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Executive order creates new age parameters for Gov’s Youth Council

Lt. Governor Talauega E.V. Ale
reporters@samoanews.com

Pago Pago, AMERICAN SAMOA — Through a Feb. 08 executive order, Acting Governor Talauega E. V. Ale, established new membership criteria for the Governor’s Youth Council, which was first established in an October 2022 by Gov. Lemanu P. S. Mauga, who says that the Council is the voice of the territory’s youth in government.

According to the initial executive order, the Youth Council consists of two students — one boy and one girl — from each public and private high school selected by the principal or director of that school.

Also on the Council is one student who is 22 years old or younger from the American Samoa Community College that is selected by the college president; and six members appointed by the Governor — two from each district — who are 22-years old or younger at the time of their appointment.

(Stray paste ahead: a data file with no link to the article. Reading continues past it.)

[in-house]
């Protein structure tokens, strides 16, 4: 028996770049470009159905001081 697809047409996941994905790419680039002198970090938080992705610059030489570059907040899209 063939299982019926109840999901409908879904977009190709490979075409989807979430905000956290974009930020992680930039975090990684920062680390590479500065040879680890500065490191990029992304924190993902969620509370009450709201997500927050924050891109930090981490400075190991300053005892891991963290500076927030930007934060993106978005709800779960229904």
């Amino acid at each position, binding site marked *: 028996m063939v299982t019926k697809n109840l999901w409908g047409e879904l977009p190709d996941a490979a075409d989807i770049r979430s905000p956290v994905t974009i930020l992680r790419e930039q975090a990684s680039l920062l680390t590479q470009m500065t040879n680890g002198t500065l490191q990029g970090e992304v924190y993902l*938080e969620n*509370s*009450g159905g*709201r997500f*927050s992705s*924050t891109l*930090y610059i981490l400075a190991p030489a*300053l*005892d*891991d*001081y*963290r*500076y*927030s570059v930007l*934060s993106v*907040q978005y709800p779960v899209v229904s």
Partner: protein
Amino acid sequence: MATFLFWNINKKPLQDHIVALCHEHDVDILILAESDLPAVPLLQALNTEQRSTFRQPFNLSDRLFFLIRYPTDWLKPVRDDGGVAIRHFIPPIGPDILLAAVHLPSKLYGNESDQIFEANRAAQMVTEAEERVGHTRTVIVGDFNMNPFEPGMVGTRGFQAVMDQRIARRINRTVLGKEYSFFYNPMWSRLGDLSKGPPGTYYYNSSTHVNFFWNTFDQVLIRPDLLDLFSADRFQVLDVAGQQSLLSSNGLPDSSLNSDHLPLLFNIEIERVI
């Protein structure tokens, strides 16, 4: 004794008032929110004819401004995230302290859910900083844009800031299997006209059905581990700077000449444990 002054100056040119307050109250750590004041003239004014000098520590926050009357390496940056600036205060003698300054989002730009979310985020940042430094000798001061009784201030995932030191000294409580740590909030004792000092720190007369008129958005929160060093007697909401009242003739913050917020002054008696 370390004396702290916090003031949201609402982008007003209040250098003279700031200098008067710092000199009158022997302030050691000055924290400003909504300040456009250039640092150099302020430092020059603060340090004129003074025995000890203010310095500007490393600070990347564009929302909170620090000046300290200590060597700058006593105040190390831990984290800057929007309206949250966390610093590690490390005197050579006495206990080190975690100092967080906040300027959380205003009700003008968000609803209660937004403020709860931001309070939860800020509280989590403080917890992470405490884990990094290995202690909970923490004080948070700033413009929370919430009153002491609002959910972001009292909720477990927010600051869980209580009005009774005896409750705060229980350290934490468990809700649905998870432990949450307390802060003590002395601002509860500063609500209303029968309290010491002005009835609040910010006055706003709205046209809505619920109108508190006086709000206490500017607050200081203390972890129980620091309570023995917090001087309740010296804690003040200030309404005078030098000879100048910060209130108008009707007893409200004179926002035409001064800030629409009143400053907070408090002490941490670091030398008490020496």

However, the new criteria in Talauega’s order changes the age of the one student appointed by the ASCC president. The new age criteria for the student is “between the ages of sixteen and thirty years old” from ASCC.

For the six members appointed by the governor, two from each district — the new criteria states that these members are “between the ages of sixteen and thirty years old at the time of their appointment.”

Talauega’s executive order also states: “No member of the Governor’s Youth Council on the day this order is signed may be removed from the council because they do not meet” the new age criteria requirements.

 However, future appointments to Youth Council must meet these new requirements, according to the order, which supersedes the one issued by Lemanu last October.

All other provisions of the initial order remain in place, such as the Council’s duties and responsibilities, which includes among other things:

•           making recommendations for policies for public programs to address the needs of children and youth including, but not limited to, health, social services, education, recreation, delinquency, foster care, transportation and job opportunities; and

•           reviewing and making recommendations for legislation pertaining to children and youth in areas including, but not limited to, health, social services, education, recreation, delinquency, foster care and job opportunities.

(See Samoa News edition Oct. 11, 2022 for details.)